Comparison of Parent and Child Reports on Child Maltreatment in a Representative Household Sample in Hong Kong

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46 Citations (Scopus)


This study investigated and compared the rates of child maltreatment as reported by parents and children. Self-reports of 1,093 children aged 12 to 18, which were matched with both parents' records, were compared and analyzed in the study. The levels of agreement between parent and child reporting of various kinds of parental child maltreatment were low to moderate. Factors affecting the disagreement in reports were also investigated. Social desirability and violence approval were the common predictors of disagreement in father-child and mother-child reports, respectively. The low agreement between parent-child reports found in the present study highlights the need for the inclusion of both parent and child reports on maltreatment in future clinical screening and intervention programs.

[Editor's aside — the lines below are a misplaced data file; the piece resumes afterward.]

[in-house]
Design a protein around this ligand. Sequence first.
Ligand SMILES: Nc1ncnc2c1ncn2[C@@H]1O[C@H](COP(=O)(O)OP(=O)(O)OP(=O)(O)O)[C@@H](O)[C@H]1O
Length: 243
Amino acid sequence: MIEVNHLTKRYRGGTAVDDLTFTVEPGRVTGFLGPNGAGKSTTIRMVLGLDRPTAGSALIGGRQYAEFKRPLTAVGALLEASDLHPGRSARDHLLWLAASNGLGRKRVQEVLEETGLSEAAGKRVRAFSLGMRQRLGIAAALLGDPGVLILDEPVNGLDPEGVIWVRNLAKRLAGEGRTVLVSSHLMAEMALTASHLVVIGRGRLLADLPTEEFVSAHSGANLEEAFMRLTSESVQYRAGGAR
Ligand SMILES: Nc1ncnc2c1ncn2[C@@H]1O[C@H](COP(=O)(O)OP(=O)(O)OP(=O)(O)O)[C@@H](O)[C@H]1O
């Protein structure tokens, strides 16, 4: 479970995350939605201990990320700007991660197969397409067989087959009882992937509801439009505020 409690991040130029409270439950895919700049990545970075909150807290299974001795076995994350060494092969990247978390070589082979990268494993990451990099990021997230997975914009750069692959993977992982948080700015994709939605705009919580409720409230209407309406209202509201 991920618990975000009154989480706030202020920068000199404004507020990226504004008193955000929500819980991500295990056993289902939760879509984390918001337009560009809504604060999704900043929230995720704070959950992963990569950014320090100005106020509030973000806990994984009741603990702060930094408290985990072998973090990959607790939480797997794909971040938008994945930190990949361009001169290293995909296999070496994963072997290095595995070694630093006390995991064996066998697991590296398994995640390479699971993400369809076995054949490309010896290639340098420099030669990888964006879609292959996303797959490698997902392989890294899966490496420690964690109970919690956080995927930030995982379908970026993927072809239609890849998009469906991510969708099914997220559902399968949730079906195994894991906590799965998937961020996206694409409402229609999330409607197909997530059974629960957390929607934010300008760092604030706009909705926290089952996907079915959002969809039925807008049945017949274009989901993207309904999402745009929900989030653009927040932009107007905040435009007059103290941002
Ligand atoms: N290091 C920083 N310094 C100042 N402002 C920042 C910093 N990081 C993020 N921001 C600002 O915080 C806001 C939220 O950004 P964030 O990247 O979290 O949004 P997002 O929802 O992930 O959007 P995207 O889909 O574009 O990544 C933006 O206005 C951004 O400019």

Original languageEnglish
Pages (from-to)11-21
Number of pages11
JournalJournal of Family Violence
Issue number1
Publication statusPublished - 1 Jan 2012
Externally publishedYes


  • Agreement
  • Child maltreatment
  • Child report
  • Parent report
  • Reporting

ASJC Scopus subject areas

  • Clinical Psychology
  • Social Sciences (miscellaneous)
  • Sociology and Political Science
  • Law

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